And while 90 days may seem like a long “probation” period, you’re much less likely to inadvertently violate these pretty obvious policies.

Given my experience, I don’t see the average account being negatively affected because unless it’s in a high-risk industry, it most likely already abides by the rules. However, it could get annoying as more policies get incorporated, so my request to Google? Improve the disapproval detection technology to understand the context of the content. 

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And if you’re thinking this system sounds harsh

I even ran a little LinkedIn poll and the results (even though my sample size is tiny) are pretty aligned with my conclusion that no one is really surprised or worried, but more so wary or unsure.

5 steps to prepare for Google’s three-strike ad policy system

You don’t have to start your September advertising efforts completely in the dark. Here are my recommendations for how you can get ready for this pilot—regardless if your account is at risk or not:

1. Appeal or resolve any outstanding disapprovals

Take this new initiative from Google as an opportunity as well as a reminder to review your account for any outstanding disapprovals.

You may as well sweep through and appeal or apply changes to rid yourself of any disapproved content so that you have less to worry about later—especially since Google mentioned plans for this system to incorporate other policies in future.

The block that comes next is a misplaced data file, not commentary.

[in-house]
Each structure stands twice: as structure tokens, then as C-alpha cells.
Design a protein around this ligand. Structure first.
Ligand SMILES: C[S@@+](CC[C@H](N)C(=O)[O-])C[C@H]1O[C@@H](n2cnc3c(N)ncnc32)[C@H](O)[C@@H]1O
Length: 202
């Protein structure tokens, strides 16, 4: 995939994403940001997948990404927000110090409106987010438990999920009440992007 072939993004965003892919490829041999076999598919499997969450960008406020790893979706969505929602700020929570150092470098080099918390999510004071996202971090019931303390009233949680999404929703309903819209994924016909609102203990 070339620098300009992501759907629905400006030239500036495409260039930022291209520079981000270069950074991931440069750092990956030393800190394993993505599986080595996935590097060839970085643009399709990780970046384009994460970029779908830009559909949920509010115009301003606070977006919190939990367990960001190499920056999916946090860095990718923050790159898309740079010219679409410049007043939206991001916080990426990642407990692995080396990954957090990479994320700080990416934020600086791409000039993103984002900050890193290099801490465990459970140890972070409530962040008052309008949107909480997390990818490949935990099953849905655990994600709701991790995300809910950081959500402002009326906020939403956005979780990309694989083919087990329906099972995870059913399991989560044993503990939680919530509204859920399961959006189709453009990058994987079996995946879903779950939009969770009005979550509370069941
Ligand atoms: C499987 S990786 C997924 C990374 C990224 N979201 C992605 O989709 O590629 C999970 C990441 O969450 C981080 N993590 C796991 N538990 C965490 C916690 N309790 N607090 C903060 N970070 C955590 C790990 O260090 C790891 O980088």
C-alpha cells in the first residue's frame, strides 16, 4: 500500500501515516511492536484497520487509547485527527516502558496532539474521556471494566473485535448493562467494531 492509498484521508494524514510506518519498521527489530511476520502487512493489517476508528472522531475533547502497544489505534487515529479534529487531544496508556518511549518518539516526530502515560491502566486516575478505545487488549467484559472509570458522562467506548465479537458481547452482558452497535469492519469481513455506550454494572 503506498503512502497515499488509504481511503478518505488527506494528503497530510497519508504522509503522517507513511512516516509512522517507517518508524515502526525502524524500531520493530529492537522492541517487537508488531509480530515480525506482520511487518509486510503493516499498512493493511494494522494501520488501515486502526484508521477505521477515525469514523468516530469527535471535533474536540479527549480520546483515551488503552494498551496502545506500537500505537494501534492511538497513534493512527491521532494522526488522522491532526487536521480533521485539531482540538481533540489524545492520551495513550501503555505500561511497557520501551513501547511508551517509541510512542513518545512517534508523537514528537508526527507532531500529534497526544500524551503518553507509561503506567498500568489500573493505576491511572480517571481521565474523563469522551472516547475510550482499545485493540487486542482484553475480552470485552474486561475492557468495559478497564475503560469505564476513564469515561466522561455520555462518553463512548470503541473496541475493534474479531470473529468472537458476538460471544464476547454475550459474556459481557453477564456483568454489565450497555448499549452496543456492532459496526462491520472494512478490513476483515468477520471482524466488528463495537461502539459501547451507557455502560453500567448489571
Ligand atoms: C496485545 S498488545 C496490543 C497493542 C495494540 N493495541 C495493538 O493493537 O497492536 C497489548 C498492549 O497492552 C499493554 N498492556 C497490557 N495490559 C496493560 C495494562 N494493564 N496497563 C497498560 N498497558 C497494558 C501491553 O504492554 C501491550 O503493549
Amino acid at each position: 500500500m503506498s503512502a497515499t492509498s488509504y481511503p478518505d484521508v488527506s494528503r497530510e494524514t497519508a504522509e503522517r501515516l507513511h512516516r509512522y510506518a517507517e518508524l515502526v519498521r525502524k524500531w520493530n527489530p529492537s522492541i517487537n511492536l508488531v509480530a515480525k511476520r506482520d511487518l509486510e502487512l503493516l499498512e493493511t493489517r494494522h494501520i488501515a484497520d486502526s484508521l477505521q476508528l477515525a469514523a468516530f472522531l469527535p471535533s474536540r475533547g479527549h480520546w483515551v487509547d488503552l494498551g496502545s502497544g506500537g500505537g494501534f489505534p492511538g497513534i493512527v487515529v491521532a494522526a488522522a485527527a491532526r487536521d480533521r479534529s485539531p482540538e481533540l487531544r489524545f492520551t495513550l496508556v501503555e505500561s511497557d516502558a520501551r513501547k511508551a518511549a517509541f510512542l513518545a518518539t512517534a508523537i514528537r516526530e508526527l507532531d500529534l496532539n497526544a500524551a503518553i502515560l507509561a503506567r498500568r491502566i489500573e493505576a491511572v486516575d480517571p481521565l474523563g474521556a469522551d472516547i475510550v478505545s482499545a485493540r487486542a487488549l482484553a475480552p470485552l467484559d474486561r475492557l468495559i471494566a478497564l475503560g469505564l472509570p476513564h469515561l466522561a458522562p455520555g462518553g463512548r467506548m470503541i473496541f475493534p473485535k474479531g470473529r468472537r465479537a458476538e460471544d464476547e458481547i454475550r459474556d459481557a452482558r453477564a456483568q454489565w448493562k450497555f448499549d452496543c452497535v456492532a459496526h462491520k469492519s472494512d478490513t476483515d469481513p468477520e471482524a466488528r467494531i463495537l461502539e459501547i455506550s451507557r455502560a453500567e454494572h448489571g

2. Check all corners of your account and website for any potentially triggering content

Save yourself a headache later and double check all of your digital assets for anything that could get picked up by the automated review system to play it safe.

As we know, it can be easy to get an incorrect disapproval. While some of that is on Google, we can focus on what we can control by removing or changing any verbiage or images that could even remotely pose a risk to those three policies.

A good rule of thumb is: if you’re questioning it, it’s probably best to change it.

While you’re at it, try our FREE Google Ads Performance Grader to get a full audit of your account!

While you’re in audit mode, run your account through our free Google Ads Performance Grader and learn how to save money and boost performance!

3. Roll out any new content prior to September if possible

This way, if anything does get disapproved for violation of one of those three policies, you save yourself a warning come September.

Remember, any time we make a change to ad copy (or roll out a new ad or ad extension) it automatically goes through Google’s review process. So if possible, try activating those campaigns now to test the waters of what does (or doesn’t) get approved. And if it doesn’t, you’ll have plenty of time to appeal it.

You can then pause the campaign until you’re ready to go live in September.

4. Set up advertising on other channels

As Google continues to build a no-nonsense policy structure, it’s becoming more important than ever to not rely on one single marketing channel. With the process for disapprovals continuing to be automated, you can’t always trust that bots will understand your ad context like a person.